This post is based on Week Three of An Ignatian Prayer Adventure.
How does one write a short blog post on the interior sin that lies deep within a person’s heart? I remember the first time I entered into this exercise, I did it with my spiritual director, Jim, and—like a good Jesuit—he kept pushing me to go deeper. He asked questions like, “Why do you act in this way?”, “What draws you to these actions and behaviors?” and, my favorite, “Is that what you really think?”
The mediations that struck me this week were day five, “My Own History of Sin,” and day six, “Sorrow for Sin.” In these reflections we are asked to examine the sin present in our lives since childhood. St. Ignatius writes:
I will call to memory all the sins of my life, looking at them year by year or period by period. For this three things will be helpful: first, the locality or house where I lived; second, the associations which I had with others; third, the occupation I was pursuing. (SE 56)
At first I found this task to be impossible, but the more I sat with it, the more I became aware of sin in my life. I came to remember the house I was raised in, important role models, and even the random jobs I had. Surprisingly, I began to see how some of my sinful actions and bad habits were rooted in my childhood experiences and my longing to prove my own self-worth. I discovered attitudes, tendencies, and intentions that I never realized were inside me.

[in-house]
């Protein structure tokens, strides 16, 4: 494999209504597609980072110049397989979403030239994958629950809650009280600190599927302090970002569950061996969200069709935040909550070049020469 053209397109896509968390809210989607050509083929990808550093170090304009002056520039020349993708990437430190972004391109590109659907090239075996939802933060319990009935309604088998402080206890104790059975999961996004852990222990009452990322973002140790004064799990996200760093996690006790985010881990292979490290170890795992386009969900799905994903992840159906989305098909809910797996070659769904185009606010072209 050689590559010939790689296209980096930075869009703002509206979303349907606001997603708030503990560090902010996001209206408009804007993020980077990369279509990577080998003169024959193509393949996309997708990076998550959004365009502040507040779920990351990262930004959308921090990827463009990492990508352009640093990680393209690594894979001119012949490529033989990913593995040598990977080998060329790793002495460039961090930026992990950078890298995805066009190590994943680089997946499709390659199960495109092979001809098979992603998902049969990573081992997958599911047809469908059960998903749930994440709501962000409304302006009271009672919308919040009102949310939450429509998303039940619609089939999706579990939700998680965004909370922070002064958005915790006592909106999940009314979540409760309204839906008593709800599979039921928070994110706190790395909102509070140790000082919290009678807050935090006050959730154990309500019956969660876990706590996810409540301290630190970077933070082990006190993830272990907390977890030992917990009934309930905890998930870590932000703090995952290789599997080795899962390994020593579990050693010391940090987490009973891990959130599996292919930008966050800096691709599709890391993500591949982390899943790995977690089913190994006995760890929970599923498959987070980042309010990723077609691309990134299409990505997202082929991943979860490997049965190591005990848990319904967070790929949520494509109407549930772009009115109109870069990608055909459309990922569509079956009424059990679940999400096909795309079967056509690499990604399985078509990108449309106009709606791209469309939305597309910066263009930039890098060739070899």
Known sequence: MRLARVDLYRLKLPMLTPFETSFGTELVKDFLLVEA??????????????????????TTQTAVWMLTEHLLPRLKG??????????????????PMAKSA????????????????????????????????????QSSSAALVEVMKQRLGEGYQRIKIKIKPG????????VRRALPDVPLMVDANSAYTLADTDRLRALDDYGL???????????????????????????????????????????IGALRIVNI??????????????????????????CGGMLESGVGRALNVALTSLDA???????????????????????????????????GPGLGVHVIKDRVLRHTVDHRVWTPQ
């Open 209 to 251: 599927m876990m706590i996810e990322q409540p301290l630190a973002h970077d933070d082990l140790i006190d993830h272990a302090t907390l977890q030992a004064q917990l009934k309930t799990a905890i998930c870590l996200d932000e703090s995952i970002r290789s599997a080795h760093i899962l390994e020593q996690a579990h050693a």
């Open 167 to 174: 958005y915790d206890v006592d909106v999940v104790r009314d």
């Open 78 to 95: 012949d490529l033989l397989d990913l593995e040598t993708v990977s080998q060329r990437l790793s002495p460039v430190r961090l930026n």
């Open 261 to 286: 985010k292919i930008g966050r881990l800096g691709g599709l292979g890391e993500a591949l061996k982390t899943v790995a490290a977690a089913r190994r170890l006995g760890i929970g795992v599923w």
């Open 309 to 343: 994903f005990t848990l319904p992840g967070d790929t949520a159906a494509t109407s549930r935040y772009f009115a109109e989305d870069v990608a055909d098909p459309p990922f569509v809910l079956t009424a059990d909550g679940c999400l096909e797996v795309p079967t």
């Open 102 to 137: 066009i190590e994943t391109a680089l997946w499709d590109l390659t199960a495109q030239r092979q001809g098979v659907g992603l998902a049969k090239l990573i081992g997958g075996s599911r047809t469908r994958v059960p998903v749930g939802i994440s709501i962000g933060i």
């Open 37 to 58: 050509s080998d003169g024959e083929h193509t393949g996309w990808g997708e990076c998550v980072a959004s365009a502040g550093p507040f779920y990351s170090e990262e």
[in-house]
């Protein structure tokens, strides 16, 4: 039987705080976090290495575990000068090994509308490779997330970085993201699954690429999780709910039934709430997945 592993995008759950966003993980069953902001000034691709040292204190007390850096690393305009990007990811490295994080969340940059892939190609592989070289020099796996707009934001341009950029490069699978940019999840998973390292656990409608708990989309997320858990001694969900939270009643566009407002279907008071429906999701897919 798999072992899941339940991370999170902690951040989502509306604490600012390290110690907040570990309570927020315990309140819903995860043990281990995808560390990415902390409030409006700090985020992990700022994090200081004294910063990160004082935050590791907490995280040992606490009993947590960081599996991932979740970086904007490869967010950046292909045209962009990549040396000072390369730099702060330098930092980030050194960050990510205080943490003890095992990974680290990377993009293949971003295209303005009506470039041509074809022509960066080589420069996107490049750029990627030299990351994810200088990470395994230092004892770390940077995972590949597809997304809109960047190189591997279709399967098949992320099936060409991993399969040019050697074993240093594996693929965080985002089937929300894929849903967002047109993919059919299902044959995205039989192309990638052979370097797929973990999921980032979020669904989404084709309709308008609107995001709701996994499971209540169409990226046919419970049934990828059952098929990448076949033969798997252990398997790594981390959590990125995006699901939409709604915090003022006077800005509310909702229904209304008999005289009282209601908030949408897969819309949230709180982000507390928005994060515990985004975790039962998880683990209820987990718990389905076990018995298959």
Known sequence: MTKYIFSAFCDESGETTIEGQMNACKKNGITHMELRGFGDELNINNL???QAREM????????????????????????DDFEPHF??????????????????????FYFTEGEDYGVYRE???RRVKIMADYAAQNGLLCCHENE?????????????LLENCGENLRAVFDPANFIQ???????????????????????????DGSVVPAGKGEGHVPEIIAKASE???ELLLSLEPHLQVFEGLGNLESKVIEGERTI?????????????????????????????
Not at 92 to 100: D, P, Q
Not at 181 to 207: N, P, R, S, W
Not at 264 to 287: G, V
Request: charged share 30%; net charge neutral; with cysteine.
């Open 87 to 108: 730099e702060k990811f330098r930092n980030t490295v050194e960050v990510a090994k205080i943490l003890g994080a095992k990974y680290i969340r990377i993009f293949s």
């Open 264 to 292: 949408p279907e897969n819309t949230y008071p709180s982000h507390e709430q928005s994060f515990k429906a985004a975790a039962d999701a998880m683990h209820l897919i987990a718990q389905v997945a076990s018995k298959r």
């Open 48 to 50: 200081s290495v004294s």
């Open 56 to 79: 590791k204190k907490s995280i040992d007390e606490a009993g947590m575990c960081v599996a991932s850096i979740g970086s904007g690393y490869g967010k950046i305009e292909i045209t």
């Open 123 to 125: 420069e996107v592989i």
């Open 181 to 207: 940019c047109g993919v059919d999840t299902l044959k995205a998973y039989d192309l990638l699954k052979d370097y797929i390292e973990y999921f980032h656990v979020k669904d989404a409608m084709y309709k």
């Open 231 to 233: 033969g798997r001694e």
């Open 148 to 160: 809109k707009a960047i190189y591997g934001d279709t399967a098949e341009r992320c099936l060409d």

At the core of it all was a child who was scared to be alone and addicted to winning the approval of others. And at the same time, these deep anxieties were filled with a sense of self-centeredness, entitlement, and an ego that could fill the Grand Canyon.
Sin finds a way into the places we are afraid to go, and Jim brought me face to face with the interior “junk” that I never wrestled with. In fact, I found Jim at a point where my ego and self-centeredness were killing me and I didn’t even know it. These reflections and conversations reminded me that I wasn’t invincible. They instilled in me a healthy sense of shame, and my sense of sorrow was tangible and true.
And so this Lent, in my endeavors to recall my sin, I thank God for the strength to wrestle with my weakness—because coming face to face with sin is profoundly different when you know where it lives.
I give thanks to the God who has looked upon me with mercy.
I give thanks to the God who heals and restores me to His love and grace.
And I give thanks to the God who always remembers me as a loved sinner.